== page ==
Try this exercise: Practice placing your drone into “Position Hold” mode to maintain a steady hover, then yaw, or spin, the drone 90 degrees to either side and hold it there. As you let the drone hover in its new orientation, experiment with pitch and roll just to get a feel of how you perceive the drone's movements now that it’s not pointing forward from your POV. Continue this exercise until you get all the way back around.
Off the Field: Just like learning how to drive, you can only get better with more practice. When learning how to fly a drone, I like to encourage new pilots to think about their journey as if they were going through driving school. In order to take the driver’s license test, you need to have at least 50 hours of supervised practice behind the wheel. Here are some exercises you should become comfortable with after you’ve gotten the basics down.
- Slalom patterns: With the drone in position hold mode, fly a slalom type pattern (or “S” turns) with the drone traveling away from you. Then make a U-turn and do the same thing with the drone flying towards you. A little secret is that in “Position hold” mode all you need to do is pitch the drone forward and then apply some “yaw” and the drone will do nice turns automatically! Try it on the SIM first until you’re confident enough to attempt it in real life. This is a great way to improve your flying skills!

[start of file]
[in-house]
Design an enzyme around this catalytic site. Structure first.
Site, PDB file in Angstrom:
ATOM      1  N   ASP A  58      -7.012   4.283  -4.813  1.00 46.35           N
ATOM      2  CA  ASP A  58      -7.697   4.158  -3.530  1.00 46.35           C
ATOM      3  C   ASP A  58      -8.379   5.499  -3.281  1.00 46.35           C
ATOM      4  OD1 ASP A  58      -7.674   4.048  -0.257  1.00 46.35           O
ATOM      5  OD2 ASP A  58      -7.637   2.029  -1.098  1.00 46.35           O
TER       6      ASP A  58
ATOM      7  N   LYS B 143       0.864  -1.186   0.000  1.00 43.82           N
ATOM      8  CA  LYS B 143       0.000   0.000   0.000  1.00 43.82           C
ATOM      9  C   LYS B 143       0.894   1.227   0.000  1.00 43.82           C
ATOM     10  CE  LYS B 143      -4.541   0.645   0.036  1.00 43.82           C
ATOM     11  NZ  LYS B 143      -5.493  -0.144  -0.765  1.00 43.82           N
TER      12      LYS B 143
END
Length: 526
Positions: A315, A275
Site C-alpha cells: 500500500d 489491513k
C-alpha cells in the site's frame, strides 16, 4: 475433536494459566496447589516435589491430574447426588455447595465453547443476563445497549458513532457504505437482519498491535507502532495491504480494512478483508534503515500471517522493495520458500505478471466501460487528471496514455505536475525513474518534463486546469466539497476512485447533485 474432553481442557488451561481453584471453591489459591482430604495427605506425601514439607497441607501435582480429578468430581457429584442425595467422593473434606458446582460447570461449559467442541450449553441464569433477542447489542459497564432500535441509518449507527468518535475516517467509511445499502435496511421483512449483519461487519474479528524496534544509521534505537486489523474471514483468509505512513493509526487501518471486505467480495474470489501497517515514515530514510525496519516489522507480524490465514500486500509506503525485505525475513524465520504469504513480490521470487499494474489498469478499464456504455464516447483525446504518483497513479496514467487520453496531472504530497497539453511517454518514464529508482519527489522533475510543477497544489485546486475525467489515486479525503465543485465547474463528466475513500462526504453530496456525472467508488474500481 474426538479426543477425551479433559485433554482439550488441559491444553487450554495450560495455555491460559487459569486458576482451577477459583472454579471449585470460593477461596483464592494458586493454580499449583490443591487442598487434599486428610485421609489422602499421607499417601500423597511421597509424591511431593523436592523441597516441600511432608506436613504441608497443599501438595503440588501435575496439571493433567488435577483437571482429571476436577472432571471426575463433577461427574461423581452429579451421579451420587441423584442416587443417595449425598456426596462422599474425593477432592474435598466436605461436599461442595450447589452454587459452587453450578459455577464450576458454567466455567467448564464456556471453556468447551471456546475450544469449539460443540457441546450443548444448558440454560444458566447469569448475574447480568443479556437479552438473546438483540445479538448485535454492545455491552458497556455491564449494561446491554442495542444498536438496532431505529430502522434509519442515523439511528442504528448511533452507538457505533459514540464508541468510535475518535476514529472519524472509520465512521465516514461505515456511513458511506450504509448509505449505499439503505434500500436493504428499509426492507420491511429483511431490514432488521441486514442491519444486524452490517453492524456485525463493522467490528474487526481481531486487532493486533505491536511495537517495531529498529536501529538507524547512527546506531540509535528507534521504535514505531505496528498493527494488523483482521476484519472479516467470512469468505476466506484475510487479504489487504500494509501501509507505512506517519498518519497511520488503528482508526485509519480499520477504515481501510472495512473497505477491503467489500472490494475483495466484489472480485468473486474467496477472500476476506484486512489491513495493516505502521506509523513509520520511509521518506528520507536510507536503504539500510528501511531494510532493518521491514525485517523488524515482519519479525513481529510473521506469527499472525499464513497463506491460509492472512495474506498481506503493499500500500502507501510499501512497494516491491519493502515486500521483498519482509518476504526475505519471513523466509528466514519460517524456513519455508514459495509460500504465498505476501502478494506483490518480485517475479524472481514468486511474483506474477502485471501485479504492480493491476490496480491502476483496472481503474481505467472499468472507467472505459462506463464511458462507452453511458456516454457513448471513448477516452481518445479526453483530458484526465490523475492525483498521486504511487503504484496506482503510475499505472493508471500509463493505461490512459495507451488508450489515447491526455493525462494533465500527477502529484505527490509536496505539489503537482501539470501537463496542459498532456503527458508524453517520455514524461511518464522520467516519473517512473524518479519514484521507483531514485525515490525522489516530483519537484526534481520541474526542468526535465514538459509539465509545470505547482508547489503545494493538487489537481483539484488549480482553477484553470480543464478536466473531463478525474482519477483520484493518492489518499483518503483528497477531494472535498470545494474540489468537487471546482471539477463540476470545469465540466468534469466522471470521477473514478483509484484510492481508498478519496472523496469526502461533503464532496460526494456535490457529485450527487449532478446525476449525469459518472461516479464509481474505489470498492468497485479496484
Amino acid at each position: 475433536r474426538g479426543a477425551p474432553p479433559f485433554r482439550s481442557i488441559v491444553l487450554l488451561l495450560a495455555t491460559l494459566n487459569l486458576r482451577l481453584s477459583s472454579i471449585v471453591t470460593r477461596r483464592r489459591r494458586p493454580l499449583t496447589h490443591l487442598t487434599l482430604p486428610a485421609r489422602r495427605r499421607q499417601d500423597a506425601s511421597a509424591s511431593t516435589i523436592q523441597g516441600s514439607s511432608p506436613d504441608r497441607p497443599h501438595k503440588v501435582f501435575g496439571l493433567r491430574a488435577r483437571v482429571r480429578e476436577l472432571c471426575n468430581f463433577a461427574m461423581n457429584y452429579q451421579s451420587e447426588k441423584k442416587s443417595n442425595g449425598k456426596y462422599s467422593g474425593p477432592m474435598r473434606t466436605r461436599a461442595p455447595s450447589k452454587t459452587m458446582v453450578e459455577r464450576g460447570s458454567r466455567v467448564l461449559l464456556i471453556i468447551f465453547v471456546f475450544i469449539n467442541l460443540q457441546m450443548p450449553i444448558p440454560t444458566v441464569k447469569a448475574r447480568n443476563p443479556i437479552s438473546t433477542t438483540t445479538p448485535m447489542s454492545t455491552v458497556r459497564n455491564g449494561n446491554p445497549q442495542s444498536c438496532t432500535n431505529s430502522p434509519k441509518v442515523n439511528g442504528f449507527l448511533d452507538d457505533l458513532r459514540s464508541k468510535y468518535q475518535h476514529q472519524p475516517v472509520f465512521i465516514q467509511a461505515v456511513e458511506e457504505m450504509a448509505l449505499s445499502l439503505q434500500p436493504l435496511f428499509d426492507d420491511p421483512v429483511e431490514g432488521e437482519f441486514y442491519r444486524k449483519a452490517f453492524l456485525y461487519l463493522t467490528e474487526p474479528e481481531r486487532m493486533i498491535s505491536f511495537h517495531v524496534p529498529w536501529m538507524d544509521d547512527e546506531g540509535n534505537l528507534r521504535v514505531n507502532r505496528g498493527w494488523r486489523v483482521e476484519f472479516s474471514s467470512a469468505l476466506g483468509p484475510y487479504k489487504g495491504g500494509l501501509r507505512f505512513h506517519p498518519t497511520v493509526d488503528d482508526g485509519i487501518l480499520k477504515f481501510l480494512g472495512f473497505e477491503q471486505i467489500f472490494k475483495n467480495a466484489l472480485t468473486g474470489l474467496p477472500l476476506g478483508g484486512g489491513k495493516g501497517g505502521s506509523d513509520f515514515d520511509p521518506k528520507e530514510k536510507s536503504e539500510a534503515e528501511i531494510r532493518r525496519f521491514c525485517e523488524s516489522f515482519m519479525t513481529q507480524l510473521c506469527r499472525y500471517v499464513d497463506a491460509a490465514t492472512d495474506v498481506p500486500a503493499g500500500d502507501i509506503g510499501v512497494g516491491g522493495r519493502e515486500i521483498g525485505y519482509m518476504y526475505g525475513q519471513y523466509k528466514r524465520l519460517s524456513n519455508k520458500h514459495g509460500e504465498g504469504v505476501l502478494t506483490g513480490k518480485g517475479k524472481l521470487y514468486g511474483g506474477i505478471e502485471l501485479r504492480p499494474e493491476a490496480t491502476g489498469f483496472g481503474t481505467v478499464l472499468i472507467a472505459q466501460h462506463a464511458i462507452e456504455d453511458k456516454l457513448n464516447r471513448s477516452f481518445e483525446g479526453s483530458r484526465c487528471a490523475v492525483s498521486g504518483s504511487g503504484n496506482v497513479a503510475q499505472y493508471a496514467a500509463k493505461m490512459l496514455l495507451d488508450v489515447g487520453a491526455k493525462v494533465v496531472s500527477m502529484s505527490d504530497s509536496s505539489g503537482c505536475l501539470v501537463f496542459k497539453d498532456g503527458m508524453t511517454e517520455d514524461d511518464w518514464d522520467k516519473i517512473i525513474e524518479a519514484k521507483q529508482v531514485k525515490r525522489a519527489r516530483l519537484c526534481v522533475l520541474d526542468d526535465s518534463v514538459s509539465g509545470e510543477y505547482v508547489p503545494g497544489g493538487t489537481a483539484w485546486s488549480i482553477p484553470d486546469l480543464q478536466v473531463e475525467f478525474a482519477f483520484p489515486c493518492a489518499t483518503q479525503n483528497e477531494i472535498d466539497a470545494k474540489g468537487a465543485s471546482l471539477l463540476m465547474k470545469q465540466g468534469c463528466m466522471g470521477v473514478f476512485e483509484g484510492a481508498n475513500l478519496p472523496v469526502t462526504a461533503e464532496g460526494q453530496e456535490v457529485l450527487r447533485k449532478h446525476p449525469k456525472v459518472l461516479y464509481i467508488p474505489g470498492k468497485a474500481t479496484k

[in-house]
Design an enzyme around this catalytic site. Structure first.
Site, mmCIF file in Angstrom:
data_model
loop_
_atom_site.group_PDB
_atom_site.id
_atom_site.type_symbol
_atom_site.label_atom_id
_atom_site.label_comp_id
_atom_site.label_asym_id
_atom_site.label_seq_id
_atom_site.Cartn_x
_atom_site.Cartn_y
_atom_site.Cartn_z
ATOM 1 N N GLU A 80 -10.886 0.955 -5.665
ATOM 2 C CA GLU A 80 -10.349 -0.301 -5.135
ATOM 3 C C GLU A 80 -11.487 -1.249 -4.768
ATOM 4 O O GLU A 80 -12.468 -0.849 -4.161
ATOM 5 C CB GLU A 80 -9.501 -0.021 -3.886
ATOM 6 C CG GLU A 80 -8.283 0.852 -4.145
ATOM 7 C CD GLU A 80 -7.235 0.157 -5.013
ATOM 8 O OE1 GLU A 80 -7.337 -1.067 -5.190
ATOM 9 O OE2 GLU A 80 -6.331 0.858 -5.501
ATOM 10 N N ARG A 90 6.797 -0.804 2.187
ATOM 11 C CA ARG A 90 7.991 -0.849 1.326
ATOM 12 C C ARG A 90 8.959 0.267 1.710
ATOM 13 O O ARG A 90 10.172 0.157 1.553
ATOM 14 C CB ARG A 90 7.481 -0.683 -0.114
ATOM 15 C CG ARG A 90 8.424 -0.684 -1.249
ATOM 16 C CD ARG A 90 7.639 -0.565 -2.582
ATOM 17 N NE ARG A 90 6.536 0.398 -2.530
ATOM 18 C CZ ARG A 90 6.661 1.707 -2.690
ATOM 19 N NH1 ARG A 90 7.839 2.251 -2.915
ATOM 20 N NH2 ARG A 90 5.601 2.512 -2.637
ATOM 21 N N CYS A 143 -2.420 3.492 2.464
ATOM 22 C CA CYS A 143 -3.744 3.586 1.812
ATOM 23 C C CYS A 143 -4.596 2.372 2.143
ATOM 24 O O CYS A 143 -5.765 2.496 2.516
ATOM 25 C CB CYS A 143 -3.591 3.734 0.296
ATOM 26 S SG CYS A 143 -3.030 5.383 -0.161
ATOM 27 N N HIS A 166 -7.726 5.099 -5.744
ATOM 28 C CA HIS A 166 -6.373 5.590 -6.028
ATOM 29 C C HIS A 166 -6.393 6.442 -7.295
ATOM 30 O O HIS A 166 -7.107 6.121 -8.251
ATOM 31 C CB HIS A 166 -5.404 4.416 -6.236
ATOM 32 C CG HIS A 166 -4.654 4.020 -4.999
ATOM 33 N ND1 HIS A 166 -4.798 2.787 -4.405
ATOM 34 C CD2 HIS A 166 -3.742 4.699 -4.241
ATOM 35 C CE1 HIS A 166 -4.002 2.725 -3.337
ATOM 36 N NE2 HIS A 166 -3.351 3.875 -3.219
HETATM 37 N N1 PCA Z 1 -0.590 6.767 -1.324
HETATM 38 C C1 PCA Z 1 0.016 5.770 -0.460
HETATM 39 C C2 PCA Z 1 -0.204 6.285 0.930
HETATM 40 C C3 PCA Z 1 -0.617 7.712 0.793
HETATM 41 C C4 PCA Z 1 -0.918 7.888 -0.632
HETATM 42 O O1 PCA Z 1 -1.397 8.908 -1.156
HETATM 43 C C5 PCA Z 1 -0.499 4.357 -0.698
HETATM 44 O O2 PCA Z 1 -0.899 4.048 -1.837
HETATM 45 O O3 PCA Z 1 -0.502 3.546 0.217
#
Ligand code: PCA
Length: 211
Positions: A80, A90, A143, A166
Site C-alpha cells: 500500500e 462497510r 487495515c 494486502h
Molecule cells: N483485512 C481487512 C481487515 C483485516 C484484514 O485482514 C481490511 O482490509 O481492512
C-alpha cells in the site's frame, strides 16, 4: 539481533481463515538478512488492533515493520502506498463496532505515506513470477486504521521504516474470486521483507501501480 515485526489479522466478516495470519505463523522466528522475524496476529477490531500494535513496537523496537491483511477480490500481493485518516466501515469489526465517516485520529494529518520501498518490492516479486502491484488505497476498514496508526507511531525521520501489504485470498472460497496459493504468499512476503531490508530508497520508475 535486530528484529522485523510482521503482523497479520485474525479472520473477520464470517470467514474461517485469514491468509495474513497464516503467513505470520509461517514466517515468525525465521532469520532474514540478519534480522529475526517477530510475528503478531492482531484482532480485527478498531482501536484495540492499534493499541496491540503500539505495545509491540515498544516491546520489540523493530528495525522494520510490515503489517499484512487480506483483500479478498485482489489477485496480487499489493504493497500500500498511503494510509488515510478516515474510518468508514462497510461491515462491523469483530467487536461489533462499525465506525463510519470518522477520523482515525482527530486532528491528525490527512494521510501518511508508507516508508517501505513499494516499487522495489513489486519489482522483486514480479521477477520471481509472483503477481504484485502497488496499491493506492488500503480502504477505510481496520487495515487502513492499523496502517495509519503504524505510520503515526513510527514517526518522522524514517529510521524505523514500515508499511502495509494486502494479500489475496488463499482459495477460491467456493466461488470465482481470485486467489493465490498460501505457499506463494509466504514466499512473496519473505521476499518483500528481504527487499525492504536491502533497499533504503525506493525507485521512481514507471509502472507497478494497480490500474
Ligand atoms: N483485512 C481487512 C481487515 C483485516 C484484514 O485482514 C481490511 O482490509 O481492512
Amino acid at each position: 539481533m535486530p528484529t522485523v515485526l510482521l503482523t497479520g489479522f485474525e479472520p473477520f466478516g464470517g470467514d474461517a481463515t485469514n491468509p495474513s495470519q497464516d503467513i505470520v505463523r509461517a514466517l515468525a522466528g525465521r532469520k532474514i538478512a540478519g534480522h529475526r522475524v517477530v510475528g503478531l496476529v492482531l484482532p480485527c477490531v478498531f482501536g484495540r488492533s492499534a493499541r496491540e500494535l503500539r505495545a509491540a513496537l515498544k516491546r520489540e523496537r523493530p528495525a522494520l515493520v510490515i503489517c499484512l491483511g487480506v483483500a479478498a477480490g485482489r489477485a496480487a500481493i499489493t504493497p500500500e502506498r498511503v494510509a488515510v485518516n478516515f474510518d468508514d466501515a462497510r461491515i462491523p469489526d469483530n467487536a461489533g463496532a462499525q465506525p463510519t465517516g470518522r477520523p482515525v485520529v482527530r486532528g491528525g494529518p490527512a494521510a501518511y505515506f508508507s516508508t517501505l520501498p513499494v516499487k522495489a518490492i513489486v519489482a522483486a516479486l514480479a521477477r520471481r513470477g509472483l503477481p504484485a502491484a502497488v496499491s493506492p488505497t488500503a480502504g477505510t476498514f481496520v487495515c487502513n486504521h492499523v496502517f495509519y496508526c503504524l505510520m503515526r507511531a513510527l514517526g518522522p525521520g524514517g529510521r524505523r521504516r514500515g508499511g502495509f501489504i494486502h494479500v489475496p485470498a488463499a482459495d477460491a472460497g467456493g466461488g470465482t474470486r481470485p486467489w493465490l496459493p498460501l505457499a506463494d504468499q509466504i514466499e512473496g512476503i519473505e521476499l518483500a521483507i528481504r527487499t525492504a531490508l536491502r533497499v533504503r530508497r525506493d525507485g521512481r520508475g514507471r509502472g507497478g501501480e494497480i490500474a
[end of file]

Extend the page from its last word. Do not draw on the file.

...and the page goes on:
- Figure 8s: Once you feel comfortable performing basic turns and flying towards, and away from yourself, try to fly the aircraft in figure 8s. This exercise will test your ability to control the drone. You can practice making tight turns by flying smaller figure 8s and vice versa.
Once you get comfortable with how your drone operates, you can perform precise movements such as hovering your drone over a net. In this example, it takes precise throttle control to make sure the drone doesn’t sit on the net with too much force.
At ModalAI, we create the technology that enables drones with autonomy, so we are always testing in autonomous vs. manual mode. Even though we fly autonomously, we always have a pilot ready to take control of the drone while we are testing new software, hardware, radio and data links. Before you fly an autonomous drone, we recommend you become familiar with flying in manual mode. Good drone pilots are an asset to companies like ours not only for their flight testing abilities but also for saving the company time and money by keeping the drones from crashing whenever the new technology being tested doesn’t go so smoothly during the prototyping phases!
Before You Go: